“People have gone for business and abandoned the army, we have to lead the fight into Bor and the rest would follow us,” General Malual Ayom continued his speech to an ululating battalion of the sons of the soil. He was clearly subdued by the loss of his colleagues, General Abraham Jongroor and Ajak Yen, Gadet’s first victim of rebellion (quote inaccurate…meaning retained). Fly in generals are be warned that General Malual’s bravery must not be tried in the field, only at home.   This was the same General Malual who was featured on the BBC video in an ambush, self-stripped of any weapons and walking with head held high amidst the showers of bullets and disorderly dashing soldiers. The question of why Bor can pick up another answer: because Bor thinks there is a nation, but alas! General Malual needs to take 'fault' blame somewhere else.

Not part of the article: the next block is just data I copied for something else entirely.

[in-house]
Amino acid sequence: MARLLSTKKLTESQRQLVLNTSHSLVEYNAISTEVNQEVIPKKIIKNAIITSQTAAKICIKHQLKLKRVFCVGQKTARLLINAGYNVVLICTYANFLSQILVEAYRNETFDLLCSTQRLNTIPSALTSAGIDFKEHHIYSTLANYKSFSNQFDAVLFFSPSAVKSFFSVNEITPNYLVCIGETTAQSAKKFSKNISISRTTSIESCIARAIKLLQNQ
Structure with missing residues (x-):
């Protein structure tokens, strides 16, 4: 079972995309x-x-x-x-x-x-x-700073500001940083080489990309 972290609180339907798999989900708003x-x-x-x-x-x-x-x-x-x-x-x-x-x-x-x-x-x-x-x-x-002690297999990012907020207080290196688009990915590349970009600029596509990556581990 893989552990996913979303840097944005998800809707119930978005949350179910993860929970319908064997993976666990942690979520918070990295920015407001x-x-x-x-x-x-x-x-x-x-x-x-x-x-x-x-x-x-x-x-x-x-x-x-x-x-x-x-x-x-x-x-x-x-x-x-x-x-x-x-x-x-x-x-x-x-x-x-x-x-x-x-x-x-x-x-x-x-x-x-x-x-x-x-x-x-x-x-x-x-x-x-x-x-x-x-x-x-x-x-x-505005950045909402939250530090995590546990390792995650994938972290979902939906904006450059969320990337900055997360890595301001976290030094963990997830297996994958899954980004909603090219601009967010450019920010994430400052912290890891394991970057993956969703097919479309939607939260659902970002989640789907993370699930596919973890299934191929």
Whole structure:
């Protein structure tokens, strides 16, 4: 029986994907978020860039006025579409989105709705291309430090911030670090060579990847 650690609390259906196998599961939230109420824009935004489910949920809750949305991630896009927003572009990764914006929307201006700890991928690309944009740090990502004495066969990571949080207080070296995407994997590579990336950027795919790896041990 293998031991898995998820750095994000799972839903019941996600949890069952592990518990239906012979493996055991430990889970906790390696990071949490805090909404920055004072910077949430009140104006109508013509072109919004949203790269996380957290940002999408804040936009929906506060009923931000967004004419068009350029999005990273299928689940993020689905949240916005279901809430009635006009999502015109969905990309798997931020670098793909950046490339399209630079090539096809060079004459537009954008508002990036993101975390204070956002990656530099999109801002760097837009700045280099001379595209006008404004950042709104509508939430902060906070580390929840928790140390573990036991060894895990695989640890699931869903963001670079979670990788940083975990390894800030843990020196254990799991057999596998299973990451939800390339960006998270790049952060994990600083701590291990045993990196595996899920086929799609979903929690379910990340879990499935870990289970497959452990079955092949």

So, when the city of Bor speaks of resilience to bounce back in the face of Gadets’ atrocities to all, including those who shot the first bullets of liberation in this city (Karbino Kuanyin and William Nyuon were also his victims), they simply mean business.

Martin Garang Aher is a South Sudanese living in Australia. He can be reached at This e-mail address is being protected from spambots. You need JavaScript enabled to view it .